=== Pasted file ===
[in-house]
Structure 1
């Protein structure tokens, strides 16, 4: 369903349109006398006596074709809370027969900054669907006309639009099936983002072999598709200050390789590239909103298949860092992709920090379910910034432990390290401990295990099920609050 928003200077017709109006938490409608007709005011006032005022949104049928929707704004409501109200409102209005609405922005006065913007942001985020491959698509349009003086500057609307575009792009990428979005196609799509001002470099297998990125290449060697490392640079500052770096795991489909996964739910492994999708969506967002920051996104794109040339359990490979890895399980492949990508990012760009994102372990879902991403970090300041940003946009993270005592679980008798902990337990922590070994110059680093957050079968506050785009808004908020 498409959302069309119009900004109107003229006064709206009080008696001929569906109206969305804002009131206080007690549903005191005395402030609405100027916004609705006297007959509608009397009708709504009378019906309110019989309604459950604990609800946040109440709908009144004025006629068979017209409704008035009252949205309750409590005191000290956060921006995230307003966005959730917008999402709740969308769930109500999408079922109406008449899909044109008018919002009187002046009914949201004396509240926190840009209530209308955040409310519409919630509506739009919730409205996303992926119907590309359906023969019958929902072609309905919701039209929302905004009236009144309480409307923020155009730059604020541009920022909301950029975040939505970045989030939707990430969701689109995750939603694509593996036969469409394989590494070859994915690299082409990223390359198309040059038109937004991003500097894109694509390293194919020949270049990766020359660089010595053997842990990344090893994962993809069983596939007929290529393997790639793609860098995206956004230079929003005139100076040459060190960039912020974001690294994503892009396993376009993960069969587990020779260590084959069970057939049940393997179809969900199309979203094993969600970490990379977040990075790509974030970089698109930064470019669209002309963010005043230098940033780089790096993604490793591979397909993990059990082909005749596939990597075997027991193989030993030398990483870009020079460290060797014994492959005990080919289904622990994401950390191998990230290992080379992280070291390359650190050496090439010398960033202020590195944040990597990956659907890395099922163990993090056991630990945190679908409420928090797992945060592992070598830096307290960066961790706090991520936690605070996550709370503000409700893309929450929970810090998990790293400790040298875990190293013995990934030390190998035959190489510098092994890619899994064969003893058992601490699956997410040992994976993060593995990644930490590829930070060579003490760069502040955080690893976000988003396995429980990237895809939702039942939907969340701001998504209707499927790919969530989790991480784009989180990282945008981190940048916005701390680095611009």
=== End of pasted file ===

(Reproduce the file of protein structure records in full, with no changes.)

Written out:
[in-house]
Structure 1
């Protein structure tokens, strides 16, 4: 369903349109006398006596074709809370027969900054669907006309639009099936983002072999598709200050390789590239909103298949860092992709920090379910910034432990390290401990295990099920609050 928003200077017709109006938490409608007709005011006032005022949104049928929707704004409501109200409102209005609405922005006065913007942001985020491959698509349009003086500057609307575009792009990428979005196609799509001002470099297998990125290449060697490392640079500052770096795991489909996964739910492994999708969506967002920051996104794109040339359990490979890895399980492949990508990012760009994102372990879902991403970090300041940003946009993270005592679980008798902990337990922590070994110059680093957050079968506050785009808004908020 498409959302069309119009900004109107003229006064709206009080008696001929569906109206969305804002009131206080007690549903005191005395402030609405100027916004609705006297007959509608009397009708709504009378019906309110019989309604459950604990609800946040109440709908009144004025006629068979017209409704008035009252949205309750409590005191000290956060921006995230307003966005959730917008999402709740969308769930109500999408079922109406008449899909044109008018919002009187002046009914949201004396509240926190840009209530209308955040409310519409919630509506739009919730409205996303992926119907590309359906023969019958929902072609309905919701039209929302905004009236009144309480409307923020155009730059604020541009920022909301950029975040939505970045989030939707990430969701689109995750939603694509593996036969469409394989590494070859994915690299082409990223390359198309040059038109937004991003500097894109694509390293194919020949270049990766020359660089010595053997842990990344090893994962993809069983596939007929290529393997790639793609860098995206956004230079929003005139100076040459060190960039912020974001690294994503892009396993376009993960069969587990020779260590084959069970057939049940393997179809969900199309979203094993969600970490990379977040990075790509974030970089698109930064470019669209002309963010005043230098940033780089790096993604490793591979397909993990059990082909005749596939990597075997027991193989030993030398990483870009020079460290060797014994492959005990080919289904622990994401950390191998990230290992080379992280070291390359650190050496090439010398960033202020590195944040990597990956659907890395099922163990993090056991630990945190679908409420928090797992945060592992070598830096307290960066961790706090991520936690605070996550709370503000409700893309929450929970810090998990790293400790040298875990190293013995990934030390190998035959190489510098092994890619899994064969003893058992601490699956997410040992994976993060593995990644930490590829930070060579003490760069502040955080690893976000988003396995429980990237895809939702039942939907969340701001998504209707499927790919969530989790991480784009989180990282945008981190940048916005701390680095611009």